Create an outlined plan for the interview, and have that plan reviewed by everyone who will be interested in the feedback. That plan should cover the key facts, the main strengths and weaknesses of the case, each verdict element, as well as witnesses and the attorneys’ performance. A comprehensive outline should offer the former jurors plenty of opportunities to talk about what was most important to them. It should also seek out reactions to the more specific facts and questions on your mind. It should extend beyond the general questions and focus on specific issues, testimony, and other pieces of evidence.

5. Ask Open-Ended Questions

While you want reactions to the specific questions on your mind, you also want to know what is important to the jurors. Practice a funnel technique, starting out with general questions before narrowing down to the specifics. Early on in the interview, ask open-ended questions like the following:

  • Of everything that you heard, what stands out the most? 
  • How did you go about arriving at a verdict? 
  • What is the single most important argument or piece of evidence? 

6. Focus on Process and Not Just Product

As the adage goes, “It’s the journey and not just the destination.” That goes double for deliberations. In addition to just asking about static opinions (e.g, What do you think about issue A?) ask about how they got there (e.g, How did you go about deciding issue A? How did you start? What were the disagreements?). The process can be the most interesting part. It is also the part that carries the most relevance for future cases. The testimony and the evidence may be idiosyncratic, but the jury’s approach in reasoning their way to a conclusion is likely to be more predictive of future reactions.

7. Talk To As Many As You Can

Think about a group of eyewitnesses: In theory, they all saw the same thing, but each has a different perspective on it. The same goes for deliberations, and it is common for each juror to have a different understanding of what they did and why. For that reason, you will get a somewhat skewed version of deliberations by talking to any one juror. It can be difficult to find jurors in an age of cellphone-only households, unlisted numbers, and families who won’t pickup for unknown callers, but try to make contact with as many former jurors as possible.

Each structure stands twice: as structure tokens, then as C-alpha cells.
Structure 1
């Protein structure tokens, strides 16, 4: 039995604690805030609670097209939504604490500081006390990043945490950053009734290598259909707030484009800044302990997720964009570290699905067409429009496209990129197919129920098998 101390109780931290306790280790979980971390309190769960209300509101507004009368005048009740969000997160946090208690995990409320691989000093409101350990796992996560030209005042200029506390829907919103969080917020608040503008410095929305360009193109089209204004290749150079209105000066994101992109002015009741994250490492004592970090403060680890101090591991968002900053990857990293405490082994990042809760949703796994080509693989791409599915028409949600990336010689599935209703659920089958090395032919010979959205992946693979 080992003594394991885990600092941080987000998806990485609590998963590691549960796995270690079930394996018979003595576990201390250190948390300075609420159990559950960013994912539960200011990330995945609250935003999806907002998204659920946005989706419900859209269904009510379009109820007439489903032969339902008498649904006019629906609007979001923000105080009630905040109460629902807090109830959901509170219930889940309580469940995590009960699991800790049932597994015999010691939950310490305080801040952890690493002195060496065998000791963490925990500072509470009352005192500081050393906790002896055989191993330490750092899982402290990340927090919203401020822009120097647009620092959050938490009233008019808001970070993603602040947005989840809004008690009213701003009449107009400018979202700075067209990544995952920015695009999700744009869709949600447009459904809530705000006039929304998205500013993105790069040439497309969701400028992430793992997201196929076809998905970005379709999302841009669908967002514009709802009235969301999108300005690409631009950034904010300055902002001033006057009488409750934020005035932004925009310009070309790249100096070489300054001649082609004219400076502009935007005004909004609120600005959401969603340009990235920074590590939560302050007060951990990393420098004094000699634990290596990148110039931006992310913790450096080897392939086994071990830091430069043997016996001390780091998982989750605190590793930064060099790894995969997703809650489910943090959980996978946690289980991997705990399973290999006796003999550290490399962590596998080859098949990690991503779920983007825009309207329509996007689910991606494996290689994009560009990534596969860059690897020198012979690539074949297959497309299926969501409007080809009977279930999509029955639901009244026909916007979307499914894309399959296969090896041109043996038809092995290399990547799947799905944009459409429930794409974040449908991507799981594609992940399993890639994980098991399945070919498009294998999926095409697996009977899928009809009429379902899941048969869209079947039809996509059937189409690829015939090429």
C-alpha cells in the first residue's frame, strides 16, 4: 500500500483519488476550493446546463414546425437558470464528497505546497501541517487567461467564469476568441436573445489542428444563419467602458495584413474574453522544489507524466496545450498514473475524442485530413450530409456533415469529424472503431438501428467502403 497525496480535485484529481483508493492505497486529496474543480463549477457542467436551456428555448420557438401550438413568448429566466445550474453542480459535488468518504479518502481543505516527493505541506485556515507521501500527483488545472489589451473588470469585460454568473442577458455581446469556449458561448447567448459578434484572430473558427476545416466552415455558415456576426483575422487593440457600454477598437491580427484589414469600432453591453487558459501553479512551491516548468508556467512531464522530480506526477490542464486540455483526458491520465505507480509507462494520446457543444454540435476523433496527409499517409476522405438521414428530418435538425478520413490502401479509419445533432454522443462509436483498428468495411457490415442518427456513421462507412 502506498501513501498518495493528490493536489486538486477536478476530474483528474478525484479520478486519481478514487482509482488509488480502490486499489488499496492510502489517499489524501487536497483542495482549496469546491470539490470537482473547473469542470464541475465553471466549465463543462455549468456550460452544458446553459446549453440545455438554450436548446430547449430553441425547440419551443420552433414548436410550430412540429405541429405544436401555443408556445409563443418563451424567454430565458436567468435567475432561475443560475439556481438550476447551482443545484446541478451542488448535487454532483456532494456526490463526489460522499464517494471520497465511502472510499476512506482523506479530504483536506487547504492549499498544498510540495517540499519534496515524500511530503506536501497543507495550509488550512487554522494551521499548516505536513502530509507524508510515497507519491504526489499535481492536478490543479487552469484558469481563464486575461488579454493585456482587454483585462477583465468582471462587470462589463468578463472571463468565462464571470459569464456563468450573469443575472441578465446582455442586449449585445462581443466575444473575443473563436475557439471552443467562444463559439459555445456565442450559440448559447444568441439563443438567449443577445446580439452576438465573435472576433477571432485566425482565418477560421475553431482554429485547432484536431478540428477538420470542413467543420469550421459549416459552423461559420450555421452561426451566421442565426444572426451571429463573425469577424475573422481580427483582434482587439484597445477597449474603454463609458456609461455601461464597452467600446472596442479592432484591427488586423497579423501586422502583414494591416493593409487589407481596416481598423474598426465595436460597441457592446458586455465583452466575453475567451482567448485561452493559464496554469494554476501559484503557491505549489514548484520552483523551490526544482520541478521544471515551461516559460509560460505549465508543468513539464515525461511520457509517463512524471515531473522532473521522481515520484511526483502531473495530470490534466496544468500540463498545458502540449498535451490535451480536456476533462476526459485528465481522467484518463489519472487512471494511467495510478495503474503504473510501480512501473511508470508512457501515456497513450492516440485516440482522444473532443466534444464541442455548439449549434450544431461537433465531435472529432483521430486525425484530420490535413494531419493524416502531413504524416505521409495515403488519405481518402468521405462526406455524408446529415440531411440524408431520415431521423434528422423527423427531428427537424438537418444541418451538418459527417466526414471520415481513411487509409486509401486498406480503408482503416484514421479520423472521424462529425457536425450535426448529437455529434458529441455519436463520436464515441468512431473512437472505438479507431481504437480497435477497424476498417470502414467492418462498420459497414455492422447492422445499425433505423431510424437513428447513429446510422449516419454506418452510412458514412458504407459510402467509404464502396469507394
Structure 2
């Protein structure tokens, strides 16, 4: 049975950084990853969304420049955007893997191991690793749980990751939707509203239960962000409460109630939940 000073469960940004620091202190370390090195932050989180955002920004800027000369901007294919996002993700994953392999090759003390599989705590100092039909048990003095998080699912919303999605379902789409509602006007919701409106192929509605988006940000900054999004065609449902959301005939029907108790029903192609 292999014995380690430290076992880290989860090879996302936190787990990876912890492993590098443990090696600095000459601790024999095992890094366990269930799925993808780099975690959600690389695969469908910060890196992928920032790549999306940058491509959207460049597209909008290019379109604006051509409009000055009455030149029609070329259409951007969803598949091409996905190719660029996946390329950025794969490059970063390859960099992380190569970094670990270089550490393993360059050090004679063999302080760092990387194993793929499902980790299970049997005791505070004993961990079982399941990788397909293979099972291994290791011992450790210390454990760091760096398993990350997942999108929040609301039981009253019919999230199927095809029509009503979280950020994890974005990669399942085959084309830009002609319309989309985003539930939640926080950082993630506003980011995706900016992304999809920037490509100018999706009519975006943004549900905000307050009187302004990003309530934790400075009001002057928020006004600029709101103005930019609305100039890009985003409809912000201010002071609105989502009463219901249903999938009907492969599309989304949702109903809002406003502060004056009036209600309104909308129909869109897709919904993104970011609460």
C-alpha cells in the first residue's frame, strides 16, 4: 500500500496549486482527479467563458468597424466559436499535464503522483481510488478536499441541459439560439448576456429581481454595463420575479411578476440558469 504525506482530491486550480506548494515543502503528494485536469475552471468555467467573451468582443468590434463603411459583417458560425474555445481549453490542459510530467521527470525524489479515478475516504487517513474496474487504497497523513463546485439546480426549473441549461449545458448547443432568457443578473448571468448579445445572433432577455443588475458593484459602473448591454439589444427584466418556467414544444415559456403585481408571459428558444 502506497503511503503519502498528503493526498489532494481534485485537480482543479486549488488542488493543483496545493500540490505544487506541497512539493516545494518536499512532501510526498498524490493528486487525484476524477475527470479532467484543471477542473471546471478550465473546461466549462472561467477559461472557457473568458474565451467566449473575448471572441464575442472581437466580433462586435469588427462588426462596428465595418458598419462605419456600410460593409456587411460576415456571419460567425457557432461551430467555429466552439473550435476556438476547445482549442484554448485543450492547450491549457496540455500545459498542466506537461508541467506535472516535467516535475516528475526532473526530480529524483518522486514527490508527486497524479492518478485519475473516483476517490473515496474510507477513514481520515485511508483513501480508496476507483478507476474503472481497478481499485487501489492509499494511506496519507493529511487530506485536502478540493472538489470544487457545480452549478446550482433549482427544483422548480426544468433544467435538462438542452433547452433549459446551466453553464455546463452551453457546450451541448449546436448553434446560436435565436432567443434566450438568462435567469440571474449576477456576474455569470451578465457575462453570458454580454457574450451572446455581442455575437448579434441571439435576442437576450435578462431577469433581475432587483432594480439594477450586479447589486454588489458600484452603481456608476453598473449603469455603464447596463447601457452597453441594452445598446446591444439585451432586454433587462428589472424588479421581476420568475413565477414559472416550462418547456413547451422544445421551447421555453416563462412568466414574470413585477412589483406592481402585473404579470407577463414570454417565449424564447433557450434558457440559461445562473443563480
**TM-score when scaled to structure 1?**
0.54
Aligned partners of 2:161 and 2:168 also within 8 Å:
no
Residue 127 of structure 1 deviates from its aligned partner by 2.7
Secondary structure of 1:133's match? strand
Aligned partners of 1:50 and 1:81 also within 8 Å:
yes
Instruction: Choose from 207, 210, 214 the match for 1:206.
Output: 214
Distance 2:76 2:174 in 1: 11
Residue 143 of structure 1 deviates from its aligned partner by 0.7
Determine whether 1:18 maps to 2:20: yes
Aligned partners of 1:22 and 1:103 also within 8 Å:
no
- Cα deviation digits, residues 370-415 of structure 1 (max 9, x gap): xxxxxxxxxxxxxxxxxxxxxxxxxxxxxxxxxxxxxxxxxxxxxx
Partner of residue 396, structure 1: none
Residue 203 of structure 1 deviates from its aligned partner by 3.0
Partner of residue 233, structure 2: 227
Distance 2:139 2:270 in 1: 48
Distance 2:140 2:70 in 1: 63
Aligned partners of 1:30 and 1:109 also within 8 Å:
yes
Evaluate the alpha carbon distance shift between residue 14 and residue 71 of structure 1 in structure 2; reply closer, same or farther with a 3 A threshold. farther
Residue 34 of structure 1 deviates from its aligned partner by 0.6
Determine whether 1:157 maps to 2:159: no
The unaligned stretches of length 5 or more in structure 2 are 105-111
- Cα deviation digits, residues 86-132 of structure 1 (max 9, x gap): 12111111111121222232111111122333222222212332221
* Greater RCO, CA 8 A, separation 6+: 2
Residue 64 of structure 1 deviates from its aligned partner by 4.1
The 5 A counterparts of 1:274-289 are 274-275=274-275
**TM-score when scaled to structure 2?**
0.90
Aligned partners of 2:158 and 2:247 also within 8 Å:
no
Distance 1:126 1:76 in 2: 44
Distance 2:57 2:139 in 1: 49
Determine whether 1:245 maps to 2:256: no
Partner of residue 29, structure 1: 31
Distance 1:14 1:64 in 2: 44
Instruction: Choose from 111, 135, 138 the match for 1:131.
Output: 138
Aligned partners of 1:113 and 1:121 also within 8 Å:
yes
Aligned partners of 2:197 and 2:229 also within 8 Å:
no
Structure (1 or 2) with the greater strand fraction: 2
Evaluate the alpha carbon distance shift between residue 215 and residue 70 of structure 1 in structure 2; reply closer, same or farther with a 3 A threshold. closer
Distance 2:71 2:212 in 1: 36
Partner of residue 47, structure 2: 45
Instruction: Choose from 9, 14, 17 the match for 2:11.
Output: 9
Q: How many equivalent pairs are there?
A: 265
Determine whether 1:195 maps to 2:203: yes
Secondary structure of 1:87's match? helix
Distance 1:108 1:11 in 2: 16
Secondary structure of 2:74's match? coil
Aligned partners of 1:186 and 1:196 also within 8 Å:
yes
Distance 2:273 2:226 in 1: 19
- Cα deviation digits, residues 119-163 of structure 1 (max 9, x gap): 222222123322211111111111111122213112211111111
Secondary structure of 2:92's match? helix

8. Make a Record

In addition to answering the questions of the moment, you also want to preserve a record for the future. The time when you will want to review the feedback for a similar case could be years from now. We make a practice of digitally recording the call as it occurs, and then sending it out for a transcript. In some states, you need permission to record, and it is always a good practice to ask. In all the years, I have only had one juror refuse that request.

9. Keep the Focus on Education

In the vast majority of cases, your only goal in conducting post-trial interviews is to learn for the future. That educational focus should govern your tone as you ask questions. Be the interviewer, not the advocate, and remember that you aren’t conducting discovery either. Once the former jurors understand that the goal is just to learn, the interview will feel more worthwhile to them. It feels good to provide helpful feedback, and for jurors, the interview can be a way of reaping additional benefits from the time they put into the case.

Read the original article at https://www.persuasivelitigator.com by By Dr. Ken Broda-Bahm.  *We in no way take credit for this wonderful content.

Trial by Jury Usher

Leave a Reply

Your email address will not be published. Required fields are marked *

WordPress spam blocked by CleanTalk.